I left Washington, D.C., yesterday, where I’m working with a group — the National Sustainable Agriculture Coalition — whose spectacular track record of policy change to advance sustainable agricultural systems is unparalleled. The coalition has been responsible for creating and funding scores of programs to support conservation, beginning and historically underserved farmers, farmers’ profitability, sound research and much more.
On my way home from the airport in Madison, I stopped at the Regent Market Co-op to pick up my delivery of locally grown, organic spinach and some local organic Turkey Red flour that doesn’t trigger my gluten-tender stomach.
An argument can be made that the end of my day was as important as its beginning.
How consumers eat can transform America’s tortured farm landscape. Why do I say tortured? Our concentrated agricultural system produces crops and livestock at scales and with practices that erode soil, pollute our water bodies, contaminate our drinking water and impoverish smaller-scale farmers and their communities. This system also results in appalling rates of dietary-related diseases like diabetes, heart disease, stroke, and colon and other cancers. We’ve allowed the vested interests in our current farming systems to rule agricultural politics. The recently passed U.S. Farm Bill reinforced those antisocial tendencies in agriculture, and only extreme exertion on the part of the National Sustainable Agriculture Coalition and others brought counterweight.
This isn’t inevitable. Many crops and cropping systems can support farmers’ income, protect soil for future generations, hold nutrients in place and produce healthy food. For example, complex crop rotations can interrupt the weed, insect and disease reproductive cycles associated with individual crops, reducing or obviating the need for toxic chemical pesticide applications and creating richer, healthier soil. In the Upper Midwest, growing wheat, oats, barley and other small grains in that crop rotation can offer particular benefits. After harvest, these “small grains” provide a secure environment to hold both soil and the tiny seeds of crops like alfalfa that could otherwise wash away in rainstorms. Being deep-rooted, small grains also bring up nutrients from deep in the soil, and they help create a more robust soil microbial environment, building soil’s ability to hold water and withstand extreme weather.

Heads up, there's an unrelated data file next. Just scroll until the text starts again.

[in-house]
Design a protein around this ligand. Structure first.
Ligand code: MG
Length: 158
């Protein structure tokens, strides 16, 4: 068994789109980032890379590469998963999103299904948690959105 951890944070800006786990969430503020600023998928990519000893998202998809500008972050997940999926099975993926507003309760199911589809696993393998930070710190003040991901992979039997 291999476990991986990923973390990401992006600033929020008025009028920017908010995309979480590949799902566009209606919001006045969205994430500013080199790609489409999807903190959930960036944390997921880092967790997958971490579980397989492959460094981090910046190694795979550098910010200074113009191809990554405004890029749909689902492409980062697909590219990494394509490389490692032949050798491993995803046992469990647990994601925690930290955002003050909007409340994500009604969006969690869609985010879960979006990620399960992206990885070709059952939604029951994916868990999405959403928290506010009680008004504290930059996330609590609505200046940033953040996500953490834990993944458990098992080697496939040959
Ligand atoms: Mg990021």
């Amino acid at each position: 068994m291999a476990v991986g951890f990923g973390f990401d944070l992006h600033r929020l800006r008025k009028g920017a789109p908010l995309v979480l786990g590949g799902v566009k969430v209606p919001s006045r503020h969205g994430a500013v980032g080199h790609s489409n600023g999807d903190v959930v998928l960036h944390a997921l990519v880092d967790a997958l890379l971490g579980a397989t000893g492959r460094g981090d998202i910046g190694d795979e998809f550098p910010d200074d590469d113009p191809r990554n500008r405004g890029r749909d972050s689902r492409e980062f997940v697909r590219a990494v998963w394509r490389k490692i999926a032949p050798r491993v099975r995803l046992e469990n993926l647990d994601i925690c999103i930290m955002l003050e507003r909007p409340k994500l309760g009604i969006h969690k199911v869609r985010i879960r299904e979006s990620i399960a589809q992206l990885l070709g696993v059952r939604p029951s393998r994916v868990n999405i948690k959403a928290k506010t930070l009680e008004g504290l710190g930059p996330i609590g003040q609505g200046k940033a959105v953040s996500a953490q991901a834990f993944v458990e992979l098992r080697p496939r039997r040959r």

So if small grains grown in crop rotations have such benefits, why don’t more farmers plant them? One reason is that farmers can’t count on reliable markets for small grains. But markets expand and become more reliable when consumers realize that, just as buying from their local spinach farmer matters, it’s important to buy flour from local grain growers or baked goods from bakers who do, because those choices foster markets for small grains and reinforce valuable conservation practices.
The state of New York has created market-enhancing policies to encourage farmers to grow small grains. The state provides incentives for breweries to buy grains from New York farmers, and it pressures bakers at local farmers markets to do the same. A state like Wisconsin, with well over a hundred microbreweries and farmers markets in communities statewide, could implement similar policies. At a time when dairy farmers are in financial crisis, opening markets for crops that fall naturally into dairy crop rotations makes sense, and it also expands the means for consumers to support sound conservation practices — while quaffing a beer or munching on a scone they know was made with locally-grown grain.
Margaret Krome of Madison writes a semimonthly column for The Capital Times. She is policy program director for the Michael Fields Agricultural Institute.
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